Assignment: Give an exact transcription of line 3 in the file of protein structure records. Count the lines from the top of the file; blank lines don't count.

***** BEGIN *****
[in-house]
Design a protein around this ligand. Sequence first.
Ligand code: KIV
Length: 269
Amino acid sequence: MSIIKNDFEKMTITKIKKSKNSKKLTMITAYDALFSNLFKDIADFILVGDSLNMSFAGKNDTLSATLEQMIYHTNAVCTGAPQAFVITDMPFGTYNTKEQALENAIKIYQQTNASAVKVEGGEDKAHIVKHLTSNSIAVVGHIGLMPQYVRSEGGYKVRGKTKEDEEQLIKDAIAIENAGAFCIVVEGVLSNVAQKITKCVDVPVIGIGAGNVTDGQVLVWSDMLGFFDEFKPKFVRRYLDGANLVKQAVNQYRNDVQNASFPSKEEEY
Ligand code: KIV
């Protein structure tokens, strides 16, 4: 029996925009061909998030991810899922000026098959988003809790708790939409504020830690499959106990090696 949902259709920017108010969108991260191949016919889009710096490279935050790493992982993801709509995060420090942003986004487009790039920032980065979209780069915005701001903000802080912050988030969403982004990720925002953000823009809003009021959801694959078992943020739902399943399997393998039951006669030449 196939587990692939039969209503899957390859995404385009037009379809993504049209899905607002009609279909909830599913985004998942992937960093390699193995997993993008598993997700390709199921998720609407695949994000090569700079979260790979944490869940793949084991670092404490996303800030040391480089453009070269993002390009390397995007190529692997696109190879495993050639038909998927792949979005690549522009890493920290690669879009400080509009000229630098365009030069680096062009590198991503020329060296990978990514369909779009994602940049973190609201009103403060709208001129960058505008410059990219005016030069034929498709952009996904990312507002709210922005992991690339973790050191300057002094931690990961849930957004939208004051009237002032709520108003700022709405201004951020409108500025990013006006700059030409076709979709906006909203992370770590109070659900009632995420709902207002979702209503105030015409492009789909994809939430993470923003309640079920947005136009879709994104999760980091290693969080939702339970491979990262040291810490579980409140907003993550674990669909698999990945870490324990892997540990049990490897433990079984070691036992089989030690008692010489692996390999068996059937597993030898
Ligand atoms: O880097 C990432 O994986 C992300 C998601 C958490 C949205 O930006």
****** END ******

Ligand code: KIV